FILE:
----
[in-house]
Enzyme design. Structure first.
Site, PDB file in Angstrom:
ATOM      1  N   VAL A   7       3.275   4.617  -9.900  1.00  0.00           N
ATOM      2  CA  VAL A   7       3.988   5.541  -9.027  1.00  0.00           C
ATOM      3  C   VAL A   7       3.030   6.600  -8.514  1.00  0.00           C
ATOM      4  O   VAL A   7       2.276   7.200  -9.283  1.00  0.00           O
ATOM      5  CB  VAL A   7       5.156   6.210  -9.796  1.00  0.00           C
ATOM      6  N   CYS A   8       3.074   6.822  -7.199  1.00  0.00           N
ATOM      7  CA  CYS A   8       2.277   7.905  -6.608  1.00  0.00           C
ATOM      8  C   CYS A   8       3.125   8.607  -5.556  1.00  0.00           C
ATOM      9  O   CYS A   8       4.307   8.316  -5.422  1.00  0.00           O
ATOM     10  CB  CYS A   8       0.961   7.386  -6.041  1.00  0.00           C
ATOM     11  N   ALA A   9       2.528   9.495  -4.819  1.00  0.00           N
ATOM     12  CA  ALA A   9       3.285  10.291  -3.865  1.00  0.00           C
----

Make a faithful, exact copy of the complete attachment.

[in-house]
Enzyme design. Structure first.
Site, PDB file in Angstrom:
ATOM      1  N   VAL A   7       3.275   4.617  -9.900  1.00  0.00           N
ATOM      2  CA  VAL A   7       3.988   5.541  -9.027  1.00  0.00           C
ATOM      3  C   VAL A   7       3.030   6.600  -8.514  1.00  0.00           C
ATOM      4  O   VAL A   7       2.276   7.200  -9.283  1.00  0.00           O
ATOM      5  CB  VAL A   7       5.156   6.210  -9.796  1.00  0.00           C
ATOM      6  N   CYS A   8       3.074   6.822  -7.199  1.00  0.00           N
ATOM      7  CA  CYS A   8       2.277   7.905  -6.608  1.00  0.00           C
ATOM      8  C   CYS A   8       3.125   8.607  -5.556  1.00  0.00           C
ATOM      9  O   CYS A   8       4.307   8.316  -5.422  1.00  0.00           O
ATOM     10  CB  CYS A   8       0.961   7.386  -6.041  1.00  0.00           C
ATOM     11  N   ALA A   9       2.528   9.495  -4.819  1.00  0.00           N
ATOM     12  CA  ALA A   9       3.285  10.291  -3.865  1.00  0.00           C